In 1536 the High Steward of Abingdon Abbey was Henry Norrys (Norris), a diplomat, administrator, and member of Henry VIII's privy council. The high-flying Norris was one of those accused, tried, and executed for adultery with Anne Boleyn, though it seems much more likely that his only real 'crime' as to make an enemy of Thomas Cromwell, Henry's powerful advisor.
The former abbey grounds are open to the public.
This magnificent 12th-century castle is built on an island in a natural lake and reached only by a stone causeway, making for one of the finest settings of any castle in England. From 1278 Leeds Castle was a Crown possession and passed through the hands of no less than six queens of England.
In 1519 Henry VIII rebuilt Leeds Castle for his first wife, Katherine of Aragon, and stayed here in 1520 on his way to the famous Field of the Cloth of Gold meeting with Francis I of France. One of Henry's additions to the castle was the Maidens' Tower, built to house Katherine of Aragon's maids of honour. Among those maids of honour was Anne Boleyn.
In the Heraldry Room you can see a jewel casket once owned by Anne.
Leeds Castle is regularly open to the public.
The stunning chapel of King's College is one of the finest examples of Perpendicular Gothic in the world. The chapel was begun in 1441 by Henry VI and was intended to form one side of a court, but the other sides were never built. Henry VII was responsible for the remarkable fan-vaulted ceiling, one of the architectural highlights of Britain.
Henry VIII gave the richly carved screen that separates the choir and the antechapel. The choir screen is carved with Henry's initials twined around those of Anne Boleyn.
Another highlight at King's College Chapel is its collection of early Renaissance stained glass. One window depicts Henry VIII in the guise of King Solomon, receiving a gift from the queen of Sheba. Tradition suggests that Anne Boleyn was the model for the Queen of Sheba (though an alternate tradition suggests that it was, in fact, Catherine Howard, Henry's fifth wife).
King's College Chapel is regularly open to the public.
Reading was one of the great monasteries of medieval England and enjoyed royal patronage. Indeed, it was founded by a king, in this case Henry I, in 1121. When Henry died in France in 1135 his body -- minus a few organs -- was shipped back to England and buried before the high altar.
Henry VIII continued the heritage of royal interest in Reading Abbey. In 1520 he appointed his supporter Hugh Faringdon as Abbot of Reading, and the following year he stayed at the abbey as Hugh's guest. He returned again in 1535 as part of a royal progress, with Anne Boleyn at his side.
The royal couple would have dined with Abbot Hugh, a dinner made poignant in retrospect by the fact that both Anne and Hugh would be executed at Henry's orders within a few years. Anne was beheaded in 1536 and Abbot Hugh was hanged, drawn, and quartered at the Abbey gatehouse in November 1539, on dubious charges of treason.
Reading Abbey is open to the public, though sometimes the interior of the ruined abbey church is closed.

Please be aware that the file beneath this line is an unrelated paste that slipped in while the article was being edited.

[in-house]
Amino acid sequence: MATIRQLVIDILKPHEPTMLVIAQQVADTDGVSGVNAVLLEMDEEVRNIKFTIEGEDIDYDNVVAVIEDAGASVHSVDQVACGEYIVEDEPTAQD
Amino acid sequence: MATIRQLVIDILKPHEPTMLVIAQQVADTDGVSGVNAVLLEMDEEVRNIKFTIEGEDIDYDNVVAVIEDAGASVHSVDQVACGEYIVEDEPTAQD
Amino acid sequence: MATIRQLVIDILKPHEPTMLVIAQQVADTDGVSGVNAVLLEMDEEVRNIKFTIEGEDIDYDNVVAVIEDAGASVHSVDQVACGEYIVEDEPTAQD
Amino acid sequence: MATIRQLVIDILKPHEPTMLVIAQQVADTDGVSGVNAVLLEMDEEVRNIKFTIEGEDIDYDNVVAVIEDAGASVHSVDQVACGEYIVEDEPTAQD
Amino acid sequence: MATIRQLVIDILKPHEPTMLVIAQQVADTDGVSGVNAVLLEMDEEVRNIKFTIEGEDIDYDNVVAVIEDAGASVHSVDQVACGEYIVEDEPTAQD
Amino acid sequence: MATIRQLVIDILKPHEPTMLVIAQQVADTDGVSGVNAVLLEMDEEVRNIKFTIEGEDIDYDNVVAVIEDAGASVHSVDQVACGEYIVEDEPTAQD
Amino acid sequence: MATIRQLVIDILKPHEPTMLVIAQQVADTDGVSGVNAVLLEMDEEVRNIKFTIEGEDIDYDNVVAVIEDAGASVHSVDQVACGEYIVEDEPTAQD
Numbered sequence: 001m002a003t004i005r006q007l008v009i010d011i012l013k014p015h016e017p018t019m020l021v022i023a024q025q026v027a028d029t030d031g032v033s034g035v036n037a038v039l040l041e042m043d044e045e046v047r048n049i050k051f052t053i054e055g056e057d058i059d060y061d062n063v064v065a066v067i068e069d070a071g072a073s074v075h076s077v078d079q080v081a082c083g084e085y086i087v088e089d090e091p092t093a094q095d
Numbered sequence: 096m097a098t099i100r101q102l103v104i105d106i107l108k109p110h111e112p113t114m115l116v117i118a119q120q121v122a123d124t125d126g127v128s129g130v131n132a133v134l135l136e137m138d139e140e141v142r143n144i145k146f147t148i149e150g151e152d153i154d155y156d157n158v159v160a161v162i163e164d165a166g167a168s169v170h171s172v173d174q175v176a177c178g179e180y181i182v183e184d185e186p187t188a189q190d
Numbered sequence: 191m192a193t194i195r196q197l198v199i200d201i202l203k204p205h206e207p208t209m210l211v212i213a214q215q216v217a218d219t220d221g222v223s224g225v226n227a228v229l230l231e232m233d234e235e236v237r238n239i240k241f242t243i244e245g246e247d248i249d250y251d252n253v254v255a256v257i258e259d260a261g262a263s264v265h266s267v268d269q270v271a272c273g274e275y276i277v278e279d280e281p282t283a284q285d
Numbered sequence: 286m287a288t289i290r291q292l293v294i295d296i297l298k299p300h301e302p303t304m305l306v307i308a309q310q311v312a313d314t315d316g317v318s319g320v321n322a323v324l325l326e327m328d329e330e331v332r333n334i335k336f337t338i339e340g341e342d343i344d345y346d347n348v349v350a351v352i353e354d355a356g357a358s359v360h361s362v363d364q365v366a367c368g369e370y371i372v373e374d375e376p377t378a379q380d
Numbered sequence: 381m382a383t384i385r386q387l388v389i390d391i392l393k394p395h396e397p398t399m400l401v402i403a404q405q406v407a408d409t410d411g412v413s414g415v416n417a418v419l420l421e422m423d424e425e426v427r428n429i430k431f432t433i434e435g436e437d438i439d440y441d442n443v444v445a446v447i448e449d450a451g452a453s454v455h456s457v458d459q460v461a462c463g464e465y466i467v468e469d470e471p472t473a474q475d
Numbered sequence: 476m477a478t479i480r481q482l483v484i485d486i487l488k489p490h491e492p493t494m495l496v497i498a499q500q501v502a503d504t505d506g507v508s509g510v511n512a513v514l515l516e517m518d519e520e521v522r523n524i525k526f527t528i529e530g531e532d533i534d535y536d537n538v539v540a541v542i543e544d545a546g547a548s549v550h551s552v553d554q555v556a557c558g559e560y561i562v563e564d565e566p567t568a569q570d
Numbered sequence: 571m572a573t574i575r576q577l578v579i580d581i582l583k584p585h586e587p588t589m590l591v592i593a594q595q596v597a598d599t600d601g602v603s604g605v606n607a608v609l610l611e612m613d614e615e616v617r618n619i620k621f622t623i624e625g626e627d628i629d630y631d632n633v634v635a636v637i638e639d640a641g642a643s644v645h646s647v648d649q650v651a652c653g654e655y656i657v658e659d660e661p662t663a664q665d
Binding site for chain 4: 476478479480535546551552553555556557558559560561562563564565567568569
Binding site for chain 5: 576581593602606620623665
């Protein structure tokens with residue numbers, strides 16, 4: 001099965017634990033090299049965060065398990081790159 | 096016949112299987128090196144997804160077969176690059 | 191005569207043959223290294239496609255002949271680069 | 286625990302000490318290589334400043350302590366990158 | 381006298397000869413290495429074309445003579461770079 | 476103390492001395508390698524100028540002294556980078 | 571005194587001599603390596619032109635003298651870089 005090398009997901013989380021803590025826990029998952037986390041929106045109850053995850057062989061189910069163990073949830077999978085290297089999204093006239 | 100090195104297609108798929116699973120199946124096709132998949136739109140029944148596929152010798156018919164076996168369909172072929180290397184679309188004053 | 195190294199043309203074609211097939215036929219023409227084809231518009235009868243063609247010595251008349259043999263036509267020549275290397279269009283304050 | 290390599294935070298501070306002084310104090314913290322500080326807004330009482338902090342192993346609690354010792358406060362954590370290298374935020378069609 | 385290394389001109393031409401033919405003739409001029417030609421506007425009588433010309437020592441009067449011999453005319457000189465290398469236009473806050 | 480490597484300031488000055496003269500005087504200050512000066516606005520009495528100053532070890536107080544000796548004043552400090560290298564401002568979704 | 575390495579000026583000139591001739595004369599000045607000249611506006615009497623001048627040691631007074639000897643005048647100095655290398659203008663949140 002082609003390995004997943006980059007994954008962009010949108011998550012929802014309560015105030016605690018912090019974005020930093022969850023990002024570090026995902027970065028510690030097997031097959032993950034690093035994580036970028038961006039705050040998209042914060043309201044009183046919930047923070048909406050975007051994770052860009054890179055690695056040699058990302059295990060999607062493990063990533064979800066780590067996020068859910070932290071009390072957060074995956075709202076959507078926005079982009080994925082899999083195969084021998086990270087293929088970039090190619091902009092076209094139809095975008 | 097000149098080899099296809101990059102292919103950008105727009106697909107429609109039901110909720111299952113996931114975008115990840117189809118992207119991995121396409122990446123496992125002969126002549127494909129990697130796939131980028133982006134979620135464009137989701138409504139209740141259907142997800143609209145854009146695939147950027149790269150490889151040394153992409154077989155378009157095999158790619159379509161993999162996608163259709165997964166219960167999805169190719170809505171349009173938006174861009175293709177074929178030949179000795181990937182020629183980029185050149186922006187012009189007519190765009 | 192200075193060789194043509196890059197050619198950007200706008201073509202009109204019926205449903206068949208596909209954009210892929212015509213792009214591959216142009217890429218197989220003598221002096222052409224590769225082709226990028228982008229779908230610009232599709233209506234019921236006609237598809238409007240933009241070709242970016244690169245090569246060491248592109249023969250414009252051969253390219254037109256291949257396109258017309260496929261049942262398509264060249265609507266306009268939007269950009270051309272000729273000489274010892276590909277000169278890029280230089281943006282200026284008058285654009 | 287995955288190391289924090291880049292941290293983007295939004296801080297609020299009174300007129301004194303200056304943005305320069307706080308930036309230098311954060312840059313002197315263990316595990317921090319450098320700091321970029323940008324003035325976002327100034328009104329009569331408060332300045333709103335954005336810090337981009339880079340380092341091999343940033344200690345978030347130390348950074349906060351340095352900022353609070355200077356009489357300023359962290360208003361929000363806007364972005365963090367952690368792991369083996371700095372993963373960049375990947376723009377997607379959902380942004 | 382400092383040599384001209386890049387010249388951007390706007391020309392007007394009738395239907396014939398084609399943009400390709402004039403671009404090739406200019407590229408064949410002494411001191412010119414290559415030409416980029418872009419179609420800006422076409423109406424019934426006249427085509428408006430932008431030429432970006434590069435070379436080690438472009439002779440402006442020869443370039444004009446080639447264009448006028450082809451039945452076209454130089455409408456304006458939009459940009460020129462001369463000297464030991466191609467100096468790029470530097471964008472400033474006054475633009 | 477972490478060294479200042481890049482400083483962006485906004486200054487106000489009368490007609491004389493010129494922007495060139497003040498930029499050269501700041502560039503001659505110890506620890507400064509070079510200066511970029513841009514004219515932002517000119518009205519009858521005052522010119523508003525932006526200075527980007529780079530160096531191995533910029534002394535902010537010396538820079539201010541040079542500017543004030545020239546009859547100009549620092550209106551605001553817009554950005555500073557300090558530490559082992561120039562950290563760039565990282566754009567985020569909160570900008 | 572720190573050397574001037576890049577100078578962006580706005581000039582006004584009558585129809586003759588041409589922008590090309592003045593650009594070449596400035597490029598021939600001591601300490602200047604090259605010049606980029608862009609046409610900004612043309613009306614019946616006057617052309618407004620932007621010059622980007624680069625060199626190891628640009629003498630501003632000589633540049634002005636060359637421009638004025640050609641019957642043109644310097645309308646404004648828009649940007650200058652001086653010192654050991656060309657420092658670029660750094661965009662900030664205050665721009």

In 1535 Henry VIII and Anne Boleyn stayed at Thornbury Castle as part of their royal progress of that summer. Their stay here has been commonly interpreted as a delayed honeymoon, some two years after their marriage, and Thornbury has gained a reputation as the ideal place for a romantic getaway.
The royal couple had planned to stay in Bristol, but an outbreak of the plague in that city made a visit too dangerous so they stayed at Thornbury for 10 days and received dignitaries from Bristol.
The castle, now a luxury hotel, has preserved the bedchamber where Henry and Anne stayed as part of the Henry VIII Suite, so you can lay your head to rest where the royal couple slept almost 500 years ago
As a hotel, you could say that Thornbury Castle is regularly open, so long as you pay for a room, but as far as we can determine, the public is also permitted to explore the historic gardens and grounds freely.
Last, but certainly not least, we come to Windsor Castle. Anne Boleyn visited Windsor Castle numerous times and, if you believe the stories, her ghost lingers in the grounds.
On 1 September 1532, Anne was named Marquess of Pembroke in a ceremony at Windsor Castle. This may have been Henry VIII's way of raising her social status, or simply a measure of his affection. In either case, it did her finances no harm, for she received lands worth an estimated Â£1,000 per year, a huge sum for the time.
Anne and Henry stayed at Windsor again in 1533 as Anne's advancing pregnancy made the usual royal progress inadvisable.
Anne's ghost is said to haunt Windsor Castle, and visitors have reported seeing her spectre at a bay window overlooking the central courtyard of the Dean's Cloister in the castle grounds. Not surprisingly the window has been dubbed Anne Boleyn's window.
Henry VIII lies buried in St George's Chapel beside his third wife, Jane Seymour
Windsor Castle is regularly open to visitors.
We've had to omit several places from this list because they aren't regularly open to the public or, at the very least, easily accessible for external viewing. And, of course, there are other places where Anne may have stayed briefly but didn't have a close connection to.
The photo of Carew Manor is (c) Peter Trimming and is republished with gratitude under a Creative Commons license.